Through some local connections, we had the opportunity to partake in a one night camping extravaganza. A prominent member of the Rapa Nui community, Johnny Tuki, offered to treat us to a day full of horseback riding and traditional living.
We were given only a vague itinerary of what this camping experience would consist of. This air of mystery made the opportunity more enticing. At 9:30 the next morning we were surprised with the arrival of Johnny Tuki as he gave no prior instruction to when or where this adventure would take place. Planning is not a thing on this island. I heard stories about Johnny and his unique character and was promised that this day would be unlike anything I had ever experienced. Nothing could have prepared me for the wondrous adventure that Johnny had planned.
Johnny was waiting for us by the hotel gate, leaning up against his truck rolling his own cigarette. He only spoke the local language of Rapa Nui and some broken Spanish. The language barrier made it slightly challenging to communicate. We quickly learned to follow his lead and just take in the experience. We stuffed ourselves into the front seat of his little rusty truck as the rest of our group jumped in the the truck bed as we drove around town running errands. Wherever Johnny went, we eagerly followed, almost in awe of his every movement.
Once we gathered all the necessary materials, we arrived at his campsite and met other members of the Tuki family. After a brief introduction, Johnny’s granddaughter Kuhane lead us to the horses. She is only eight years old, but a master horseman. We were taught the basic technique for directing a Rapa Nui horse (quite unlike other horses), and we took off on the most amazing five hour horse back ride around the island. We rode up to Poike (one of the large extinct volcanoes on the island), through vast empty fields and up to cliffs edges while taking in the breathtaking views.
We continued the journey through more open fields until we came to another cliff's edge. Johnny instructed us to follow him down the ledge and we arrived at the mouth of a cave. The cave was carved into the side of the cliff, and one quick look down revealed a sharp drop straight into the ocean. We ventured a few feet into the 200 meter long cave that opened out to a nearby beach. Johnny explained to us what each of the intricate petroglyphs represented and gave us a short history lesson about the people that used these caves many years ago. We were huddled in this small cave, just mere visitors witnessing a small piece of Rapa Nui culture.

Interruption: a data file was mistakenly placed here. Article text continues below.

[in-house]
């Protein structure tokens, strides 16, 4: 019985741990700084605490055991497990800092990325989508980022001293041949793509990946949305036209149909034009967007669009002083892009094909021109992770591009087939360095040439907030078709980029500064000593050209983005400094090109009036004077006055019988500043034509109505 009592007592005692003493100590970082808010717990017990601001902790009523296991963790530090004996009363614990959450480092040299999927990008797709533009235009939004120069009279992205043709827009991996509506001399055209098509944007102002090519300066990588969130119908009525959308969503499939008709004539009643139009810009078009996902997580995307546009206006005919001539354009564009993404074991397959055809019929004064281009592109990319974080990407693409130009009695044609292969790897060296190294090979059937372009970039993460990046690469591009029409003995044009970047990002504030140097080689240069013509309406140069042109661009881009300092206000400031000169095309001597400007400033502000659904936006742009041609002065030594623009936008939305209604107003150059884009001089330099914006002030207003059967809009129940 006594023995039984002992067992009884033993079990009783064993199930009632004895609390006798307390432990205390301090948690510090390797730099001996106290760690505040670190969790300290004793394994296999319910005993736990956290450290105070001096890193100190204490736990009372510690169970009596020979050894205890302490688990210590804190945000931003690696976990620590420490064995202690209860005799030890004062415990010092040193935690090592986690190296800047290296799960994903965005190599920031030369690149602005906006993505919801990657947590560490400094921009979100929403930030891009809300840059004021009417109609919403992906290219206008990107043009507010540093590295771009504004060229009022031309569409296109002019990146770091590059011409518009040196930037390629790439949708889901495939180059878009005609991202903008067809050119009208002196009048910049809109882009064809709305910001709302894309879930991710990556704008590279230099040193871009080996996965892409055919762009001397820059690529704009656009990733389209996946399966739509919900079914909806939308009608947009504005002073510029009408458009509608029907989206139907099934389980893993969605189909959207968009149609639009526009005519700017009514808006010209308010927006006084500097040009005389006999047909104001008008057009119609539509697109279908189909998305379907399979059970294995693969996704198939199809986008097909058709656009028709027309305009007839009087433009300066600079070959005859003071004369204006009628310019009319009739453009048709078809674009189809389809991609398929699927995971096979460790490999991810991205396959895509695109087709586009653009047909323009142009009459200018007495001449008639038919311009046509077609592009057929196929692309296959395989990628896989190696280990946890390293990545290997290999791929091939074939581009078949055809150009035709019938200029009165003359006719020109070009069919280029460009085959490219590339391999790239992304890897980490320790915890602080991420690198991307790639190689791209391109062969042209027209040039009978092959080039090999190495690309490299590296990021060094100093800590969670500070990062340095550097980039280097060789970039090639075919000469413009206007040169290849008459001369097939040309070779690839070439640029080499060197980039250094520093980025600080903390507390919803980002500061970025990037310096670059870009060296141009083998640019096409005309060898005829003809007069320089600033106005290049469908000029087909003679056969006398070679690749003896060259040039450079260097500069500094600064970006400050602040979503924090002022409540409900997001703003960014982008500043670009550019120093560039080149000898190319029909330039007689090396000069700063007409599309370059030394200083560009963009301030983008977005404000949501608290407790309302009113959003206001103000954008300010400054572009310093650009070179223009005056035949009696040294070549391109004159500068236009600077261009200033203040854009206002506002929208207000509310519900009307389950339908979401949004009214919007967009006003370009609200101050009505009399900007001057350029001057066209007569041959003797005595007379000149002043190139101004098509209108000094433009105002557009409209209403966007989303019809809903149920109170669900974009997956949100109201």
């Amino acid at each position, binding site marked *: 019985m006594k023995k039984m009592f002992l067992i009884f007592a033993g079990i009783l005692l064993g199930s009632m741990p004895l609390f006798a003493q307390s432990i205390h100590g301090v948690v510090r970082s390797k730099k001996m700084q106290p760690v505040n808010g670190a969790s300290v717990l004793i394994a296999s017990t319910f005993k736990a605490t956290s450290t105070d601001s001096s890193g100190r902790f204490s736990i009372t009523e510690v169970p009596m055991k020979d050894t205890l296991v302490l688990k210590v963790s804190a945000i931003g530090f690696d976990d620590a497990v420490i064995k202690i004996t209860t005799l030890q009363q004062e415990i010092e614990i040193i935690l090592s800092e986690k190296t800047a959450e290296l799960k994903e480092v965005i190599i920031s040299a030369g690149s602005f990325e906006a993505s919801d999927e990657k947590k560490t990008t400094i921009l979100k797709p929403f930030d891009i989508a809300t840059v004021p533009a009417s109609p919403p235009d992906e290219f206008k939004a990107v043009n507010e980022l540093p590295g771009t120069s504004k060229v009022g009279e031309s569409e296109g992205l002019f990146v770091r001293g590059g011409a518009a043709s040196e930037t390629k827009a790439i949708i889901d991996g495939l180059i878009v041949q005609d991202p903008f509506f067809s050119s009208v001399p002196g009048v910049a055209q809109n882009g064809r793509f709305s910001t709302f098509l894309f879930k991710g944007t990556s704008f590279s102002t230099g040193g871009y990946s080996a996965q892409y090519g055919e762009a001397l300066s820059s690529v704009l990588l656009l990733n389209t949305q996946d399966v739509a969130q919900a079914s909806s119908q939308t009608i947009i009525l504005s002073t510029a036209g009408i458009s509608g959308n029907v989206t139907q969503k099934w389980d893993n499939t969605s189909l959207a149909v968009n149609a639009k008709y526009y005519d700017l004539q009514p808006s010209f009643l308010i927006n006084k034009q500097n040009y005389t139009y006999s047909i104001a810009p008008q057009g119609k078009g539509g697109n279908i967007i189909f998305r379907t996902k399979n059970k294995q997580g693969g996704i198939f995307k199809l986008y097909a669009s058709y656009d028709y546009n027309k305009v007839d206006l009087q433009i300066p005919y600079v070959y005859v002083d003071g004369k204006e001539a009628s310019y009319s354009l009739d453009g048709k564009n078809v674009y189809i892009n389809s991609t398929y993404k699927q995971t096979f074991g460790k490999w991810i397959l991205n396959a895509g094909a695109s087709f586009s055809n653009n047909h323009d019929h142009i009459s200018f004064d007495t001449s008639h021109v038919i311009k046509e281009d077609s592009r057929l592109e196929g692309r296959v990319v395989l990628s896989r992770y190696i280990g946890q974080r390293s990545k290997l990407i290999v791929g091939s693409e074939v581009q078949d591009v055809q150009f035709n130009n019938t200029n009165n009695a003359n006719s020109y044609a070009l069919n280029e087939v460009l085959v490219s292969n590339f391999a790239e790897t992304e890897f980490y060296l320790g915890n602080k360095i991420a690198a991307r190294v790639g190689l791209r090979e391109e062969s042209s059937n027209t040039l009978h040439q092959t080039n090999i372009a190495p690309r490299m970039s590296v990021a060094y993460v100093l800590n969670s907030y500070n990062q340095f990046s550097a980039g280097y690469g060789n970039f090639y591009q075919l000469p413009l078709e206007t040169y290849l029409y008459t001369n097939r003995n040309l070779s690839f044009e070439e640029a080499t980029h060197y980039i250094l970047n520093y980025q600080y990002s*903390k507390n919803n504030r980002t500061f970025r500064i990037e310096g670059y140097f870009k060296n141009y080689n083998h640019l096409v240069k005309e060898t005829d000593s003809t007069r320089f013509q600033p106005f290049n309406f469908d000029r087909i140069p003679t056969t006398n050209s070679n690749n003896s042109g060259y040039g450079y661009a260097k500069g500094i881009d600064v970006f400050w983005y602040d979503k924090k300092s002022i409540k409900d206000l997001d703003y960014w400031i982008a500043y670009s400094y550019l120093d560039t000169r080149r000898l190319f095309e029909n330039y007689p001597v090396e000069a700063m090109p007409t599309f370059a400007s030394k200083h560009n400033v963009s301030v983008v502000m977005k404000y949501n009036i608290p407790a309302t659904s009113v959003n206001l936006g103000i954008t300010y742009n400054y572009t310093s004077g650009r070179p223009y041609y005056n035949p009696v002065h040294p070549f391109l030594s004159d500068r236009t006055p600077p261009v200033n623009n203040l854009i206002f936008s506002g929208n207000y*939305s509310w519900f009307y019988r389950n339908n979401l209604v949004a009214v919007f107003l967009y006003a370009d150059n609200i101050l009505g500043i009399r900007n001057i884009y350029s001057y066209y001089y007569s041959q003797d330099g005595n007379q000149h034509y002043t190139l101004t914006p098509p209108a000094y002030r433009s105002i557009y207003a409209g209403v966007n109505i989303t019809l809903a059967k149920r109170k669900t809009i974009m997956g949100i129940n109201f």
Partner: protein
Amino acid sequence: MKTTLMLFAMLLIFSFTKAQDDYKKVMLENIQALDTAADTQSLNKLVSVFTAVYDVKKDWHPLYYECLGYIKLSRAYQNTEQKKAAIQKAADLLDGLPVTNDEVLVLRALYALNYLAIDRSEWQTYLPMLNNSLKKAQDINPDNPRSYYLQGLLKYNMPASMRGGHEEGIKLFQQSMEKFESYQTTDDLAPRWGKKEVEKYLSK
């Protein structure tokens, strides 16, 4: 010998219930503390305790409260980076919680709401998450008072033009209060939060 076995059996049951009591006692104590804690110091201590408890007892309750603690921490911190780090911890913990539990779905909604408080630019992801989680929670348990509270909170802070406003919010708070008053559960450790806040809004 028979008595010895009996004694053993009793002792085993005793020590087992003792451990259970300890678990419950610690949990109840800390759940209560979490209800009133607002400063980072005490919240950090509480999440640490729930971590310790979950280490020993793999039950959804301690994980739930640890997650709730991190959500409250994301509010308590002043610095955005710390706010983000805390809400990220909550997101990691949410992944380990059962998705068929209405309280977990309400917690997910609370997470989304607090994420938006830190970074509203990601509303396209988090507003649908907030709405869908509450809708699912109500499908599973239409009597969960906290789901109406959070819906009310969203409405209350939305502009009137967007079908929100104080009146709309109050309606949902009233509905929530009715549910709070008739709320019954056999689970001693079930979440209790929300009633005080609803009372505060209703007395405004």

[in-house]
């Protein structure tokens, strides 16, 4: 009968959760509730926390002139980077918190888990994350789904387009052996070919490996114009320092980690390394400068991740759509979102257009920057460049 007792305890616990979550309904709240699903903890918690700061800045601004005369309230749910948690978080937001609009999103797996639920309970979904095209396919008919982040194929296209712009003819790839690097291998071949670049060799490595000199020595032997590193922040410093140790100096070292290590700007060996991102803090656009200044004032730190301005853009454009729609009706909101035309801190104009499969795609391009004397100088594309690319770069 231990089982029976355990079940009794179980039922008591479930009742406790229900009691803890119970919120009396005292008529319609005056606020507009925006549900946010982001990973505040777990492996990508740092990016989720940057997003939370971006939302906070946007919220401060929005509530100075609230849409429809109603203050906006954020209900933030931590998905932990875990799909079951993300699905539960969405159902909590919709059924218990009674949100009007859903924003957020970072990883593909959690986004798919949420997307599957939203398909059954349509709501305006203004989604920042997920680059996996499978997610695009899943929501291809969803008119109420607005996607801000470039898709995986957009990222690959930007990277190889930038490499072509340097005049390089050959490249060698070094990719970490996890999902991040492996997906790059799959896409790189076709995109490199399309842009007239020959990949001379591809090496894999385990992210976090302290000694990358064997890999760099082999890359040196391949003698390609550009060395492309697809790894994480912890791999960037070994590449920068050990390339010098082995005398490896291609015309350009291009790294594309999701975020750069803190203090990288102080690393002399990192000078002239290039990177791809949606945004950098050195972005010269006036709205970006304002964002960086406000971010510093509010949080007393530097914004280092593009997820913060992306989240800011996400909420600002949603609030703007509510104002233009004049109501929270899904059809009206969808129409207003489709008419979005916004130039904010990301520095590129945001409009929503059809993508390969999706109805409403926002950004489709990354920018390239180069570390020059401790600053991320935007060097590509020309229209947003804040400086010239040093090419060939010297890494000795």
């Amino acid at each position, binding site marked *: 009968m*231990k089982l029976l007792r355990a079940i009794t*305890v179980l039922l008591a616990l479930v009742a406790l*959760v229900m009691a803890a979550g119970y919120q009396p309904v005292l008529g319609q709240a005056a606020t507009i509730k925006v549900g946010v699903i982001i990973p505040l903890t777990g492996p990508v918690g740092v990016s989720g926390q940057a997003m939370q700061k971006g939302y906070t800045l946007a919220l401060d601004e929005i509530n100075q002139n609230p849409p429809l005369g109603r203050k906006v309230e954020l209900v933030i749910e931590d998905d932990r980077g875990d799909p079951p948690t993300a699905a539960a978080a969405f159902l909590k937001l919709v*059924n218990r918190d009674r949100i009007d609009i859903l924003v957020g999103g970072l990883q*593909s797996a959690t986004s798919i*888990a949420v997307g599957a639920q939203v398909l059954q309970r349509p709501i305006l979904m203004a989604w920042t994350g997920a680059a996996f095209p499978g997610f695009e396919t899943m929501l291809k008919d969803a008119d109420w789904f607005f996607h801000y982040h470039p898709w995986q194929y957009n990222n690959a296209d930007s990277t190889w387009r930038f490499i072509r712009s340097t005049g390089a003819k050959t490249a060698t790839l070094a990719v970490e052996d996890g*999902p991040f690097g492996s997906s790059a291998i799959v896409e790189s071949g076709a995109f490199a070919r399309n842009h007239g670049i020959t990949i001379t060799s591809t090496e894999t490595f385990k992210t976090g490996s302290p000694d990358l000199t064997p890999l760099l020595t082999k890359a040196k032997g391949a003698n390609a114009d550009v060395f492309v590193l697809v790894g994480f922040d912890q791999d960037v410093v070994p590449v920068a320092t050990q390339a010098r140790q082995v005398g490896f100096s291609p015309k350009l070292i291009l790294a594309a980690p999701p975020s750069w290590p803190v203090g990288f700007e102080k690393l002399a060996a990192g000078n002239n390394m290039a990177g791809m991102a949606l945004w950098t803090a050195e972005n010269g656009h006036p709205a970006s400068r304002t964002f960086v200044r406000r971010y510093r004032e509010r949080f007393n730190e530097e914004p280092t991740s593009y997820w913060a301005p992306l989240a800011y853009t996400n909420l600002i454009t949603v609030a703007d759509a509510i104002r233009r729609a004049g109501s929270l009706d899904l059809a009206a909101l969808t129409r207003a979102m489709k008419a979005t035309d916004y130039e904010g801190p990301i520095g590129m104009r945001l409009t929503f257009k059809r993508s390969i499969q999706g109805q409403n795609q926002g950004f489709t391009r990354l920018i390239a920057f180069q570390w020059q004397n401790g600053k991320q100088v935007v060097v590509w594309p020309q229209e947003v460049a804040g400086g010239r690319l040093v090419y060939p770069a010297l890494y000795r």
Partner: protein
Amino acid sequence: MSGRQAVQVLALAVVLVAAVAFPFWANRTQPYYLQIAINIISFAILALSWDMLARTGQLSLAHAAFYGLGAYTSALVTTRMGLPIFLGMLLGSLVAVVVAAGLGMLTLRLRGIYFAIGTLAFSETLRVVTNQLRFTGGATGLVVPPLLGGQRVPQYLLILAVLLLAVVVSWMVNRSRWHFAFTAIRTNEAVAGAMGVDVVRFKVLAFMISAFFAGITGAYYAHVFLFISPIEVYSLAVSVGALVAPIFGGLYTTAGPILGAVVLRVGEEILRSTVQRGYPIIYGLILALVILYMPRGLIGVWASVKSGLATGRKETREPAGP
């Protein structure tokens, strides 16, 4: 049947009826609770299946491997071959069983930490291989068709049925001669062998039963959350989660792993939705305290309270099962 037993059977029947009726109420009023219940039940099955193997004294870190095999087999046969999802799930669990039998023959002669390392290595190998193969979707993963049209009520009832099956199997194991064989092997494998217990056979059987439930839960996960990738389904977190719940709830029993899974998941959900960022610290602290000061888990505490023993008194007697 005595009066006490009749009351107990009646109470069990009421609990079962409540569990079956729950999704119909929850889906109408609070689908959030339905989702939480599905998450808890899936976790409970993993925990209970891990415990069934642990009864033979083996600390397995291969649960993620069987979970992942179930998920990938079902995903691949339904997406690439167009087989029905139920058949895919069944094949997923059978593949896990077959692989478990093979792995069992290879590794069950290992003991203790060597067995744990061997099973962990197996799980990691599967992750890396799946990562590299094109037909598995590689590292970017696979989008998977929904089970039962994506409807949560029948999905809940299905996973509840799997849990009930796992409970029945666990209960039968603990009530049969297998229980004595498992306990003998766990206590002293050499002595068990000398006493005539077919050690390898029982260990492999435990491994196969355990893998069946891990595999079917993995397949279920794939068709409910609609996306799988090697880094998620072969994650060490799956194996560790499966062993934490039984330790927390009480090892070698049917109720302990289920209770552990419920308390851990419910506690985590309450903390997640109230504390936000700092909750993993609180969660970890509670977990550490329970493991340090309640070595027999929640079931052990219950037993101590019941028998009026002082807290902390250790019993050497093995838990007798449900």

As we galloped away from the cave, Johnny took us on a detour through a nearby watermelon farm. Johnny picked some of the best fruit, and we sat around scooping handfuls of watermelon into our mouths while laughing with mischievous Kuhane.
We completed the horseback portion of the adventure by riding through the rock quarry alongside the monstrous Moai's. We joked that with our sweaters tied around our waists, barefoot, and on horseback that we had transformed into typical Rapa Nui people. This one day transplanted us into the Rapa Nui lifestyle, and the whole experience was truly transformative.Once back at the campsite with sun burnt faces and sore legs, we relaxed until it was time to fish for our dinner. The simplicity of whole experience was unique in comparison to life at home.
We on some rocks by the water watching Johnny hand line fish as the sun set behind us. We reflected on how amazing every moment of this day had been while Johnny and his son spear fished. The seafood we caught was prepared into mouthwtering ceviché for dinner. Everything we ate for dinner was made from ingredients that we accumulated throughout the day directly from the island. A simplicity we don't get in the states. The fresh food and good conversation through broken Spanish was the perfect end to an unforgettable day.
I lay in bed that night reliving every moment of the day we just had. Words cannot describe how truly incredible that trip was. When I reminisce about the experience, I realize how much this experience taught me. The way of life on the island is different from life at home in America. Interacting with the locals showed me the importance of family, a sense of community, and appreciation of nature. I saw the harmony with nature that the islanders felt, and how they treated everyone as a member of their own family. I fell asleep listening to howling winds and branches scratching the tin roof, grateful that the memories of that day would be with me forever even though the adventure was over.
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